You are a special person born with bird wings how do you use them?
If I was born with bird wings, I would get them coated in a really light metal, probably titanium, and then I would fly around the world, stopping at my favorite destinations. Then when I got home, I would rent myself out as transportation for people who don't want to drive or walk. I would make a lot of money but I would probably become crippled from the strain flying with cargo would put on my back.
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Interesting theory......I would say that birds have wings mainly as an aid to almost evrything they do. Carnivorous birds need their wings to swoop down on smaller birds. All birds( that have wings and are capable of flying) use their wings to evade predators and humans. They use them to hunt, to mi…grate, to collect materials for their nests....many things would not be available to brids if they did not have wings, and most of those things neccesary, hence the answer. They just need them. (MORE)
The Wandering Albatross, which has a wingspan of 3.5 - 4 metres (12-ish feet), is the bird with the largest wingspan alive, both on land and sea. Close behind is the Andean Condor, the largest wingspan of a land-bird (as opposed to a sea-bird), at around 3 metres (11-ish feet). Hope this helped!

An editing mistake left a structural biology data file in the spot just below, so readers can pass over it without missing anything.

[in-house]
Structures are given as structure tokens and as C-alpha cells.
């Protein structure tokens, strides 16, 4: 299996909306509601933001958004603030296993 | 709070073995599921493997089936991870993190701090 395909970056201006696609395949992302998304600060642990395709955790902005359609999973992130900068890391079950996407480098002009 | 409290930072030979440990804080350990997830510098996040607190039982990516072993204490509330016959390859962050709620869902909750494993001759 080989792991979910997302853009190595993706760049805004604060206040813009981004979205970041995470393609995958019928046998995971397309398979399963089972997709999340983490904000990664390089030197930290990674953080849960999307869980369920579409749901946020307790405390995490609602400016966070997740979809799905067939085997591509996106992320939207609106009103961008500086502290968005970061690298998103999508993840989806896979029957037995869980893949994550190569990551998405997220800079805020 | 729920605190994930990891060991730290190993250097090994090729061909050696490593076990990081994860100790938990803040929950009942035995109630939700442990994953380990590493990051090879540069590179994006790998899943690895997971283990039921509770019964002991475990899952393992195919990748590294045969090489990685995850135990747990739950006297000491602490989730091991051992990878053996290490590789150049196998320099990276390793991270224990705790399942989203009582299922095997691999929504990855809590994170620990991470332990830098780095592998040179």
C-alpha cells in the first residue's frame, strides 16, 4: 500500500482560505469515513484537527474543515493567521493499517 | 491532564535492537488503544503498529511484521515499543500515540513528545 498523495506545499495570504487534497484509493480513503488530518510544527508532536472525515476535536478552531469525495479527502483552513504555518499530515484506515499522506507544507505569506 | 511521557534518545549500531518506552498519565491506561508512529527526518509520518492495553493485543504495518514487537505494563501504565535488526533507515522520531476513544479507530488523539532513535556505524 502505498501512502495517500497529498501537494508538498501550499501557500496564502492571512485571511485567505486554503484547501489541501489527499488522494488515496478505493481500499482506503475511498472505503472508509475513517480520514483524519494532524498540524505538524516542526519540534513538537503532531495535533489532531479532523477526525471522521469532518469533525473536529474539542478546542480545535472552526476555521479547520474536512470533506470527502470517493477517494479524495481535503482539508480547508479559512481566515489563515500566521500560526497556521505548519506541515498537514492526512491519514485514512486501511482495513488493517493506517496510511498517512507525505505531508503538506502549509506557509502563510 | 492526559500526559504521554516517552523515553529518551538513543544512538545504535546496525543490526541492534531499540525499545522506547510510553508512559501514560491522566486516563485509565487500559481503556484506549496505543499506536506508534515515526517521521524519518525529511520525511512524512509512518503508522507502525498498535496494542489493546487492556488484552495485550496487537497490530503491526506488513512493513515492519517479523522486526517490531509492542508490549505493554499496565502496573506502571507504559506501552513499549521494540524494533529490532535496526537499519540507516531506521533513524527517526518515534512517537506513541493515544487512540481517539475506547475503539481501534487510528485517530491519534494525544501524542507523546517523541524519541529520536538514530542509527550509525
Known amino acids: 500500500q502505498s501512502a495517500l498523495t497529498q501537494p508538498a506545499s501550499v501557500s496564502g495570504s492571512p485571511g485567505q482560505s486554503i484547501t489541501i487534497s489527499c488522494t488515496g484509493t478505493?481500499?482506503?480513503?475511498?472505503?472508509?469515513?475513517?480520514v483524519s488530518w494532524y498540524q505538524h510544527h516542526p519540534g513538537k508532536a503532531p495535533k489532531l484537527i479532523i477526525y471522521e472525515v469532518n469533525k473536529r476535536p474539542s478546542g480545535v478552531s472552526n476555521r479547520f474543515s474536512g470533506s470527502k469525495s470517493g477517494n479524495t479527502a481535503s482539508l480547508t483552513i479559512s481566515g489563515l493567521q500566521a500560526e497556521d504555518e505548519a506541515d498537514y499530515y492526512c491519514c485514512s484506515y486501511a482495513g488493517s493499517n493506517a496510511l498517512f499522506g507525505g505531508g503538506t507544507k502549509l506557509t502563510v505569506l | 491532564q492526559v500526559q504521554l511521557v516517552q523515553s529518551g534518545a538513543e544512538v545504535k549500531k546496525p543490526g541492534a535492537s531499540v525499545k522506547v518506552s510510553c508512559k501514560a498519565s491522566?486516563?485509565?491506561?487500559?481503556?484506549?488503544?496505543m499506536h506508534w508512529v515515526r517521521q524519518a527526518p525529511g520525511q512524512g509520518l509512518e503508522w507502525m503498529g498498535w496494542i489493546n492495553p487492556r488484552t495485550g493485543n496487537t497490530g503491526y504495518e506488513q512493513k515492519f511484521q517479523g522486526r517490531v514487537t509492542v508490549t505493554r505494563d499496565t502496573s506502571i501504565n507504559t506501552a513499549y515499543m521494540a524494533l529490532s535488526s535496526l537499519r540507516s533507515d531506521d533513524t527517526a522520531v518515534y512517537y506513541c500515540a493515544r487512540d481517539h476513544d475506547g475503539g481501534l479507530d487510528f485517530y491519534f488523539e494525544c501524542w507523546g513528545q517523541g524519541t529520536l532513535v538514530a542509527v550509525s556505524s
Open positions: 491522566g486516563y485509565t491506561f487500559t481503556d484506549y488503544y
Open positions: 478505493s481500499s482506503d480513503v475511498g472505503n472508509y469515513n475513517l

all you have to do is get a small pair of nail scissors you want big scissors for big birds . so once you have the scissors you get the end bit of your birds wing and cut it ,BUT DO NOT CUT TO MUCH OF.
There is no bird that does not have wings. All birds, even flightless ones, have wings, though they may be too small to see.
Can a humans get wings Through DNA of a bird AND NOT sprout a beak of anything and does this person have to still be...not yet born?
Even with all of our medical advancements, it is still impossible for humans to have wings or a beak or any birdlike features even with a DNA transfer or gene splicing.. It is a physical impossibility at this time.
There are no birds that do not have wings. Even the flightlessbirds such as emus, ostriches, kiwi, rheas and cassowaries all havewings. It is just that their wings are undeveloped and they lackthe chest muscles necessary for flight. The kiwi's wings - whichmany people incorrectly believe are non-exi…stent - are about 5cm inlength. (MORE)
The male club winged manikin has a wing beat as high as 100 per second- hummingbirds are typically about 50 per second. The Manikin uses the very high speed as a courting manuever, and not for regular flight.
All birds have wings. It's just that some of them are useless forflight. Even the New Zealand kiwi has wings, though it appears tohave none. The wings are small and rudimentary, hidden under thekiwis' hairy feathers, but certainly present. Some of the flightless birds are members of the ratite f…amily. Other ratites besides the kiwi include the emu ofAustralia, Southern cassowary of Australia and New Guinea,the ostrich from Africa (the largest of the flightlessbirds) and the rhea from South America. Ratites have wingsbut the bones in their chests do not have the capacity for flightmuscles, which is what a bird needs to fly. Penguins cannot fly, using their wings instead as flippers,but they are not ratites. Nor is the kakapo of New Zealand,the world's only flightless parrot. Tinamous areground-dwelling, flightless birds (about 47 species) which arerelated to ratites; they live in Central and South America. (MORE)